MOCCAE bans Shark fishing from February 1 to June 30

The Ministry of Climate Change and Environment, MOCCAE, has announced that shark fishing is banned during the period from 1st February until 30th June, which coincides with the shark breeding season. The ban is pursuant to the Ministerial Decree No. 500 of 2014 on Regulating the Fishing and Trading of Sharks.

Salah Abdallah Al Rayssi, Director of the Fisheries Sustainability Department at MOCCAE, said that the ban aims at reducing risks facing rare species of sharks. He said that sharks play a crucial role in maintaining a healthy habitat by ‘cleaning-up’ the reefs and preying on weak and sick fish populations, keeping coral reefs free of disease.

"UAE waters are home for as many as 30 shark species, which are classified as endangered or critically endangered. Illegal fishing practices, global spread of unethical and uncontrolled fishing methods, as well as the rise of the shark fin trade, are putting some shark species on the edge of extinction. Global efforts must be intensified to prevent that from happening," he said.

Ministerial Decree No. 500 of 2014 limits the hunting of sharks in fishing waters not less than five nautical miles from the shores of the UAE and not less than three nautical miles from the islands of the UAE. This will prevent fishing of sharks for their fins and thwart the practice of throwing them back into the sea. The regulation stated that sharks must be brought whole into the port. It also aims to prevent the trading of live sharks caught in the UAE waters unless a special permit has been issued by the ministry.

It prevents the fishing of species listed in the Convention on International Trade in Endangered Species, CITES, which also stated that these species must be carefully released back into the sea when caught accidentally.

The Decree allows fishermen who are operating boats with long lines and multiple hooks to catch sharks from the 1st July each year until the end of the following January, as long as they do not exceed 100 hooks per line. The hooks should be curved and biodegradable.

The import of sharks - fresh, frozen, dried, salted, smoked or canned, or in any other form – is also allowed by the Decree. The shipments must be accompanied with the original certificate of source of origin related for each shipment, stating the scientific name and quantity of each type. It should also have the original health certificate, commercial invoice, and the packing list for each shipment.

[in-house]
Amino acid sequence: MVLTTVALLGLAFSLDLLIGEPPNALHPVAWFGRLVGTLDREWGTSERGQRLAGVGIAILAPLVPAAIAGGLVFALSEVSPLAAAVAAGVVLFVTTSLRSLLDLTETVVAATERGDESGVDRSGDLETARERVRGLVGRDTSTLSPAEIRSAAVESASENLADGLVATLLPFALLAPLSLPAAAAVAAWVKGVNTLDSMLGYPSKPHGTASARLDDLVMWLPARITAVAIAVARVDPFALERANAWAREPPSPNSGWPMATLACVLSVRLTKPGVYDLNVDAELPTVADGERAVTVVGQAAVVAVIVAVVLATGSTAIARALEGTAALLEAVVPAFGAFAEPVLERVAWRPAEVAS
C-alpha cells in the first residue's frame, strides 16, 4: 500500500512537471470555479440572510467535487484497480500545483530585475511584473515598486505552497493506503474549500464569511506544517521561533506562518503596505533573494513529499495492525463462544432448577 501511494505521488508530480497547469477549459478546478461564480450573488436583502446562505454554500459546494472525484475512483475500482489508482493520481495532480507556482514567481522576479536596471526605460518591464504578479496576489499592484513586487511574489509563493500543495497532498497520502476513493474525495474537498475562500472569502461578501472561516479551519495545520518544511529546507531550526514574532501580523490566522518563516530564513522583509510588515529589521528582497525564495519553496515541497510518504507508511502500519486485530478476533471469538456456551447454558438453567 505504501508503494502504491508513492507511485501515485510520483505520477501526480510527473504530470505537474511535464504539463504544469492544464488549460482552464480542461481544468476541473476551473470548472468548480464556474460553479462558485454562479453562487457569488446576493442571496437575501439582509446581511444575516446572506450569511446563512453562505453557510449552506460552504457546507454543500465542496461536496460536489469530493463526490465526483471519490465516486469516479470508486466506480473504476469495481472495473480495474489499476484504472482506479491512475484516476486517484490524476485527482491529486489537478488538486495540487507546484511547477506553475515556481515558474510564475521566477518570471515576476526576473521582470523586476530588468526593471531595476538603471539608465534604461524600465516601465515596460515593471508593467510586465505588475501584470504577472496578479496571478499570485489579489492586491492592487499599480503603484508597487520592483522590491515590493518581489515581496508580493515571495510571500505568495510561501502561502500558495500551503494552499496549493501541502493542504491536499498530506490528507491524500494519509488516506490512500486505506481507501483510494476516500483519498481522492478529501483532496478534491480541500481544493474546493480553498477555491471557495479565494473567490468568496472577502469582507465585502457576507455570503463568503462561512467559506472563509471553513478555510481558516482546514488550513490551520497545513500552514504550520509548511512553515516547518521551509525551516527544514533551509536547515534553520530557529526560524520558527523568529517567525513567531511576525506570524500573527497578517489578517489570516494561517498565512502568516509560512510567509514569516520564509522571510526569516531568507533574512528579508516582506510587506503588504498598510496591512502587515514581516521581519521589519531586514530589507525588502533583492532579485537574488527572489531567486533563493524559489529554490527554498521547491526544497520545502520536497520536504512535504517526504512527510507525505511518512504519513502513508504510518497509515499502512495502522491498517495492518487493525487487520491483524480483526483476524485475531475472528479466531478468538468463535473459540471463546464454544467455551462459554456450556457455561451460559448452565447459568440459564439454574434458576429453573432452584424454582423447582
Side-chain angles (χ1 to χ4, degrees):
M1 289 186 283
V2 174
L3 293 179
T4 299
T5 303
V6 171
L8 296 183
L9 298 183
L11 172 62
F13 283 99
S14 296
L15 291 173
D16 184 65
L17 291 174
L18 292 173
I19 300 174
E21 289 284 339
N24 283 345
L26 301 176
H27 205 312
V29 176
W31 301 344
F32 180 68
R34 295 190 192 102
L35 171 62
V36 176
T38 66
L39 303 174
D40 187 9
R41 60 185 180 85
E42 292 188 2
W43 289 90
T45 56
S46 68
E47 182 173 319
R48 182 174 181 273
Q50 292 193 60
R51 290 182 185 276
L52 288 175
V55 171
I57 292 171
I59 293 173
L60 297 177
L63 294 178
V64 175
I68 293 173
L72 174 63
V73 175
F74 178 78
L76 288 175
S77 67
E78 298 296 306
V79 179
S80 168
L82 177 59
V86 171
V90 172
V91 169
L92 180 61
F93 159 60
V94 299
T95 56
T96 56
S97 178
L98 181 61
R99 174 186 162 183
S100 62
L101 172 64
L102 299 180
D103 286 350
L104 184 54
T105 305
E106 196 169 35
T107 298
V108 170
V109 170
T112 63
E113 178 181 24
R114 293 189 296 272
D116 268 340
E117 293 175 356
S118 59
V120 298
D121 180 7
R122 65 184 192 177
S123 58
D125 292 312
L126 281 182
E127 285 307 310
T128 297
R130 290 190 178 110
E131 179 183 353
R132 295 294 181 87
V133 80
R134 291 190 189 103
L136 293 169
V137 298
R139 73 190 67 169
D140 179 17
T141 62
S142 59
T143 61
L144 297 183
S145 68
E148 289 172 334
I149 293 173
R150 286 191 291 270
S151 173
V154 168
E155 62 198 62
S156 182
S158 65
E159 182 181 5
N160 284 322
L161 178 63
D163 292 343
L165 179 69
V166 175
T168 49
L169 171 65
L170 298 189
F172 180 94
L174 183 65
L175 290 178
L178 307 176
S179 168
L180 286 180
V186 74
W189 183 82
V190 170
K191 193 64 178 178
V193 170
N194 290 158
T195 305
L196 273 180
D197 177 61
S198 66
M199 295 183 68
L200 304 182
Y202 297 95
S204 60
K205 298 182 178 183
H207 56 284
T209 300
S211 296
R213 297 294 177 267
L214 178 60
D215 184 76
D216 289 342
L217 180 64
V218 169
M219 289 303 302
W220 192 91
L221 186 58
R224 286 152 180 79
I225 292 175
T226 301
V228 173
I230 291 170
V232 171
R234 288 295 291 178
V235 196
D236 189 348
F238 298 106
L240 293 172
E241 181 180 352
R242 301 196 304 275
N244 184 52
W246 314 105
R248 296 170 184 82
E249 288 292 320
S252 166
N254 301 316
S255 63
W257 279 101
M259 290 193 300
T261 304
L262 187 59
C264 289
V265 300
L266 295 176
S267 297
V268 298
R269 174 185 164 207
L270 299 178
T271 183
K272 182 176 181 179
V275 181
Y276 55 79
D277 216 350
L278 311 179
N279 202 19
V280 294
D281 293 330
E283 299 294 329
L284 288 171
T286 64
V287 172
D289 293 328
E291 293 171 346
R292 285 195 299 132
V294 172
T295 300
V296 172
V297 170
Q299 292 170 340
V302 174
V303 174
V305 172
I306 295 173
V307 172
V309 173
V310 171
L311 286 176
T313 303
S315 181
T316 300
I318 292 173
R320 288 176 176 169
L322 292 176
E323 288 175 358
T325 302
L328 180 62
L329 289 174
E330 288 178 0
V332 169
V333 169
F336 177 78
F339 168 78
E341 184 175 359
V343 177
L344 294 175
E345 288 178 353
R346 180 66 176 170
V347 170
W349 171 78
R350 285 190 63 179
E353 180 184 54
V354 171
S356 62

In cases of the import of shark species enumerated in CITES, namely: Sawfish (Pristidae spp), whale shark (Rhincodon typus), great hammerhead (Sphyrna mokarran), scalloped hammerhead (Sphyrna lewini), smooth hammerhead (Sphyrna zygaena), Oceanic whitetip shark (Carcharinus longimanus), porbeagle (lamna nasus), basking shark (Cetorhinus maximus), great white shark (Carcharodon carcharias), and manta rays (Manta spp.), an export or re-export certificate from the administrative authority in the exporting country and a valid import certificate issued by the MOCCAE must be secured. Companies are not permitted to export sharks caught in the waters of the UAE - whether fresh, frozen, dried or salted, smoked or canned, or any other form, - throughout the year.

In case of re-export of shark species in the annexes of the CITES, additional documents such as the re-export certificate issued by the MOCCAE for these shark species need to be submitted, in addition to prior authorisation of the importing country for re-export of same shark species to prevent the re-export of shark fins from the state.

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